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  7. Fulton Center / Grimshaw

Fulton Center / Grimshaw

  • 09:00 - 14 January, 2016
Fulton Center / Grimshaw
Fulton Center / Grimshaw, © James Ewing
© James Ewing

© James Ewing © James Ewing © Halley Tsai / Grimshaw © James Ewing +22

  • Design Team

    Primary headhouse building at the corner of Broadway and Fulton
  • Collaboration

    HDR (new entries and platforms) and Page Cowley (the Corbin Building)
  • Executive Architect

  • Prime Consultant and Structural Engineer

  • M & E Consultant

  • Quantity Surveyor

    VJ Associates
  • Main Contractor

    Plaza Schiavone Joint Venture
  • Consultants

    James Carpenter Design Associates (Sky Reflector-Net artwork)
  • Consultant Construction Manager

    PB-Bovis Lend Lease
  • Total Building Cost (total and square foot)

  • Lighting Manufacturer List and Applications

    Edison Price Lighting, Beta Lighting, Io Lighting, and ERCO
  • Approved Building Inspector

    MTA self-certify
  • More SpecsLess Specs
© James Ewing
© James Ewing

From the architect. Situated in the heart of Lower Manhattan, the Fulton Center is designed to be a catalyst for the redevelopment of the area. The dynamic transport environment is a vital link to this commercial center and its growing residential sector, streamlining connectivity between nine MTA New York City Transit subway lines (2, 3, 4, 5, A, C, J, Z and R) while enhancing the user experience for 300,000 daily transit passengers.

© James Ewing
© James Ewing

The Fulton Center is organised around a large-scale atrium contained within an elegant, transparent façade. Tapered steel columns draw inspiration from the historic neighborhood’s cast-iron buildings and complement the integration and restoration of the adjacent Corbin Building.


Carefully aligned entrances and exits allow the streetscape to permeate the building, defining clear and efficient pathways to all trains. Once beyond fare control and underground, passengers will encounter brighter, widened passageways with clear signage connecting the complex array of platforms.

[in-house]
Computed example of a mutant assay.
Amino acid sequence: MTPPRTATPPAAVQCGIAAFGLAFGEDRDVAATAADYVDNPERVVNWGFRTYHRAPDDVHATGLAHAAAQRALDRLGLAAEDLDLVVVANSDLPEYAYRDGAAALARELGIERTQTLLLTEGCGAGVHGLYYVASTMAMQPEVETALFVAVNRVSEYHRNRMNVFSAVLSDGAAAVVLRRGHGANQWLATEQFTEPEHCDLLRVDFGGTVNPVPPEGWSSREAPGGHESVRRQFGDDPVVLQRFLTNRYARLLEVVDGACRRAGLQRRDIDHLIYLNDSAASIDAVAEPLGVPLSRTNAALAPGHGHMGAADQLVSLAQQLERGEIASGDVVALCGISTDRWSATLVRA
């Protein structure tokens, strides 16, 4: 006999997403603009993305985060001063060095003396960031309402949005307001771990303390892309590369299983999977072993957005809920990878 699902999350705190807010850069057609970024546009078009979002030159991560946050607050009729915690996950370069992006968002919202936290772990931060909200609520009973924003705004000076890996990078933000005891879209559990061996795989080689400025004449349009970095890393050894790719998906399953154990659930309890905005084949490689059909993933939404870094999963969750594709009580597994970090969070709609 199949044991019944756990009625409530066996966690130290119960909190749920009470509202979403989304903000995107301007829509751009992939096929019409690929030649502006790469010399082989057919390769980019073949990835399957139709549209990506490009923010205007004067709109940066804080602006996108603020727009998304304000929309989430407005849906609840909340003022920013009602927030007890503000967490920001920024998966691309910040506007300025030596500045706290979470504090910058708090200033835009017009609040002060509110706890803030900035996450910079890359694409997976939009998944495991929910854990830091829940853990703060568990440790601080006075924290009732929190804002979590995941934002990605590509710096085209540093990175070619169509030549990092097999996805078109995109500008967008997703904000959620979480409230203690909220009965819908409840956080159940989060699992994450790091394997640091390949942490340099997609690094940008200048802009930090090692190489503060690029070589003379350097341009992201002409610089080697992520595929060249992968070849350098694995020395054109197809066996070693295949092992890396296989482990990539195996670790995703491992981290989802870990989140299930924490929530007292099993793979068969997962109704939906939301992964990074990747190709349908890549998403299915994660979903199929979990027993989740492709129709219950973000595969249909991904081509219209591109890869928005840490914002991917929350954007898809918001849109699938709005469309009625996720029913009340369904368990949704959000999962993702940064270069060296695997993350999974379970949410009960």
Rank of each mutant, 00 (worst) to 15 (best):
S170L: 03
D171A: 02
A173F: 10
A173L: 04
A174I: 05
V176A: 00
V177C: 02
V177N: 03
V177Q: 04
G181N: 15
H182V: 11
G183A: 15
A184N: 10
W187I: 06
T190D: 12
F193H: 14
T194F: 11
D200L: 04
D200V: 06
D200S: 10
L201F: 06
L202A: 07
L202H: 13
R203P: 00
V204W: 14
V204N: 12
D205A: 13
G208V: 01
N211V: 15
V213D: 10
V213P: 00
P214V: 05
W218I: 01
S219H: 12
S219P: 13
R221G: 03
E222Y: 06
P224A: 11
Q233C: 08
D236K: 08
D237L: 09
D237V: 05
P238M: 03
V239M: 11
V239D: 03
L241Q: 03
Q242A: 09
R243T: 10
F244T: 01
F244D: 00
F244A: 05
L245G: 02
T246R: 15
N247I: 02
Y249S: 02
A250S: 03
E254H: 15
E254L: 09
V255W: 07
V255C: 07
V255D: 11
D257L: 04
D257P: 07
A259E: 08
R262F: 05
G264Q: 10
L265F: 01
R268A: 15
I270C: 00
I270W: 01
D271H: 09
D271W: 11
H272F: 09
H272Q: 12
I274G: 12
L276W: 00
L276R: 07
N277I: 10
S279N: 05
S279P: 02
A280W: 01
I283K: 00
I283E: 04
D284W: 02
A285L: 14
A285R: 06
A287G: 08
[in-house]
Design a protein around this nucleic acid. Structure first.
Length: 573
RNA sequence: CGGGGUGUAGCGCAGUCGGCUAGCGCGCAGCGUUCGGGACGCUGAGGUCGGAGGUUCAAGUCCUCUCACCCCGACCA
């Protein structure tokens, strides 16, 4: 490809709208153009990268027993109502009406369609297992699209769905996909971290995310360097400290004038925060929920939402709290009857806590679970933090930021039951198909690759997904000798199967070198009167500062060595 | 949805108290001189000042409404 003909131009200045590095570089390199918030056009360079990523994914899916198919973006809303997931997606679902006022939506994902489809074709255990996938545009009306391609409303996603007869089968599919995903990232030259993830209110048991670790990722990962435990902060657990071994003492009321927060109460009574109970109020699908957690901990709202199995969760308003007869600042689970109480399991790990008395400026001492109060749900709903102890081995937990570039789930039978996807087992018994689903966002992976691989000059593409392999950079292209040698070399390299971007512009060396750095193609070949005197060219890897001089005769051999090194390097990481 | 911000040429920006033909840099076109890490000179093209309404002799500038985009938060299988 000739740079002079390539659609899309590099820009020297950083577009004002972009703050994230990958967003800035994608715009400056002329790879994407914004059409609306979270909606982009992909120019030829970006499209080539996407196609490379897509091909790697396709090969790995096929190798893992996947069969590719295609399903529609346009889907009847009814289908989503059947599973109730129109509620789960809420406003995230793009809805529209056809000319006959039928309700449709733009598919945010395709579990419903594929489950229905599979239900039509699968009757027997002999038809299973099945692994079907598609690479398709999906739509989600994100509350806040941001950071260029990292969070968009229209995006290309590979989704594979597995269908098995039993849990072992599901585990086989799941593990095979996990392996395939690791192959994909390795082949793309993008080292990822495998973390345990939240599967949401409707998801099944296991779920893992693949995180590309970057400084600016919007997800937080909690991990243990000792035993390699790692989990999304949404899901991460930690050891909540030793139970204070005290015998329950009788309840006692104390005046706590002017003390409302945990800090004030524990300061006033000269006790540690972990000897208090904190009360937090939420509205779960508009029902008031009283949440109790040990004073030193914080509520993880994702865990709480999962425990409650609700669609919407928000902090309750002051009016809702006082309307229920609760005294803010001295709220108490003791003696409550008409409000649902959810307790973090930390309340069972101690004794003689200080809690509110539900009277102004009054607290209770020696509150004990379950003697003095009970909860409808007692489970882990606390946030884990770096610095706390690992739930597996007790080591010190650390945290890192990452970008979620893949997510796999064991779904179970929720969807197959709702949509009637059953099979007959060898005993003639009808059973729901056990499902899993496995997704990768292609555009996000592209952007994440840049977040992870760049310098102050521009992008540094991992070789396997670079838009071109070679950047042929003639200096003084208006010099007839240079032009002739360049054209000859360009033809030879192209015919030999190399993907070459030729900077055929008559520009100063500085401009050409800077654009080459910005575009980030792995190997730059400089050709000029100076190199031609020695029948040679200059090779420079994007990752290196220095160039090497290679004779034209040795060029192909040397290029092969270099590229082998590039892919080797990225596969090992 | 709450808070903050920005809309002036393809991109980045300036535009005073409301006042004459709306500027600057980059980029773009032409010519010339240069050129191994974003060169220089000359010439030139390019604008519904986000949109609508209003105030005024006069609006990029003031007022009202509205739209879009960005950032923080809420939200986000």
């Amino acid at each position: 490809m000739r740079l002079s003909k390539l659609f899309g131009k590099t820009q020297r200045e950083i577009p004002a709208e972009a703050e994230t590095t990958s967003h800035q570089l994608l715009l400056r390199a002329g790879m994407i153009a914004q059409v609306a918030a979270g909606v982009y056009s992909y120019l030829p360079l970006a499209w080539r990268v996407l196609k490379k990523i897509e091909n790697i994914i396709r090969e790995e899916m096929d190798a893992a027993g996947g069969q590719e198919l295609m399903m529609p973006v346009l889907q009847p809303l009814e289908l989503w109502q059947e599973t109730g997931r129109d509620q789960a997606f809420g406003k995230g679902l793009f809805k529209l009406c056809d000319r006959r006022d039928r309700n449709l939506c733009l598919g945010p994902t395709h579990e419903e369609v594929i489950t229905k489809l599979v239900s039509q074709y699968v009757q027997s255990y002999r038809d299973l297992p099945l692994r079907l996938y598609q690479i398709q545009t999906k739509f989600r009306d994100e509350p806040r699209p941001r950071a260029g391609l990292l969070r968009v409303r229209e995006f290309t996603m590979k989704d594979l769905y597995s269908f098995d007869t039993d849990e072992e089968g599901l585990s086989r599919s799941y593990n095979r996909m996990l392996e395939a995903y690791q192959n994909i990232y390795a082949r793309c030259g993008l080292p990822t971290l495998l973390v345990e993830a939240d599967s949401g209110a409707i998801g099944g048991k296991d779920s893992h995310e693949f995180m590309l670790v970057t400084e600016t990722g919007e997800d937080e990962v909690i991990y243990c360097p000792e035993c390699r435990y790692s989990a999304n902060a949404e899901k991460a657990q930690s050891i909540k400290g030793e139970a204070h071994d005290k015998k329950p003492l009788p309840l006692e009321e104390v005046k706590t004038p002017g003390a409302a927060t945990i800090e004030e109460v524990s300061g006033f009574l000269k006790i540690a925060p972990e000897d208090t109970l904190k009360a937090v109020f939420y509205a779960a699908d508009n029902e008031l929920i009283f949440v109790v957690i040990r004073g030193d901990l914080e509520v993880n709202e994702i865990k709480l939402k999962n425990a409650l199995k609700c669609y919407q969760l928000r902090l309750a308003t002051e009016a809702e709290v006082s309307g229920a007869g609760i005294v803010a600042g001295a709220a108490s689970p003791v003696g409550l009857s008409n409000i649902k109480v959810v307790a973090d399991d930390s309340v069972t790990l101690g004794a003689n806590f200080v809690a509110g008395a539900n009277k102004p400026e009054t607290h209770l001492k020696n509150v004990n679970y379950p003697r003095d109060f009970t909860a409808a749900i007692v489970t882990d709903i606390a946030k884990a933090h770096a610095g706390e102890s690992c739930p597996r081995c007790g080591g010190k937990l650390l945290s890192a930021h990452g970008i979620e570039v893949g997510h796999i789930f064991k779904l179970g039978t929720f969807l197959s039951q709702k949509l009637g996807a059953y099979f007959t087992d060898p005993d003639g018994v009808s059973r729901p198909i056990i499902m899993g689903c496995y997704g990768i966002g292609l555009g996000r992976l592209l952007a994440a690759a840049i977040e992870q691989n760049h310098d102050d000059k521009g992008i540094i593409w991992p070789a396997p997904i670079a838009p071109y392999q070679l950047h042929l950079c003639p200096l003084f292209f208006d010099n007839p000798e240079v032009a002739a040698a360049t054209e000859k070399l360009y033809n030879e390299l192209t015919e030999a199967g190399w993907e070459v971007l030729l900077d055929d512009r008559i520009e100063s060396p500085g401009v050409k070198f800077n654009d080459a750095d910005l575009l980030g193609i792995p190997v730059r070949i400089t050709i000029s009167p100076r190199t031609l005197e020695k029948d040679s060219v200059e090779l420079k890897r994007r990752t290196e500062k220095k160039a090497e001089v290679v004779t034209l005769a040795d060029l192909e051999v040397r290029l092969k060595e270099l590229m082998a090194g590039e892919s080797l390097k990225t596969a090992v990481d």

© James Ewing
© James Ewing

The transit hub’s atrium ascends to 120 feet and is topped by a conical dome centered on the concourse below.

© Halley Tsai / Grimshaw
© Halley Tsai / Grimshaw

The central architectural concept of redirecting natural light deep into the transit environment culminates in the design of the dome’s interior and a new integrated artwork titled Sky Reflector-Net, a collaboration between Grimshaw Architects, Arup and James Carpenter Design Associates, with preliminary form-finding by Schlaich Bergermann und Partner, commissioned by MTA Arts & Design and MTA Capital Construction Company.

© James Ewing
© James Ewing

Both a neighbourhood asset and regional interchange, the Fulton Center fulfills a significant civic role as a gateway to and from Lower Manhattan. Commuters and visitors alike arrive and depart through a memorable, contemporary urban transit center that celebrates the city’s history while looking forward to its optimistic future

Location to be used only as a reference. It could indicate city/country but not exact address. Cite: "Fulton Center / Grimshaw" 14 Jan 2016. ArchDaily. Accessed . <>
Read comments


Daniela Vicente · September 30, 2016

The plans are labelled incorrectly. The "Ground Floor Plan" is actually the 1st Underground level, and the same applies to all the other floors in those plans. So the actual "Second Floor Plan" is missing...

Małgorzata · January 15, 2016

Why this space is so high? To satisfy architect's ego?
I don't see any other reason.

jacob · January 15, 2016 08:10 PM

i'm not sure you understand the goals of a piece of civic architecture like this. the space invokes emotion as intended. as it turns out there is more to consider than function alone. have you been there? are you an engineer?

and let's place the ego label where it REALLY belongs, on the developer/owner. if we weren't on an architecture site right now, it's unlikely that the architect would even be mentioned.

Taneli000 · January 14, 2016

Lessons learned from Chandigarh and American architecture...

YaDawgHomyG · January 14, 2016

Please explain lack of structure in Render 3 Perspective cut-away diagrams... amazing that this whole structure floats effortlessly...

James M · January 14, 2016 08:42 PM

You can see the columns on the ground level in Render 2... but I agree, it's poor form for a rendering to be misleading like this

Croco Dile · January 14, 2016

A nice atrium.
Good engineering !


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© James Ewing

纽约福尔顿中心 / Grimshaw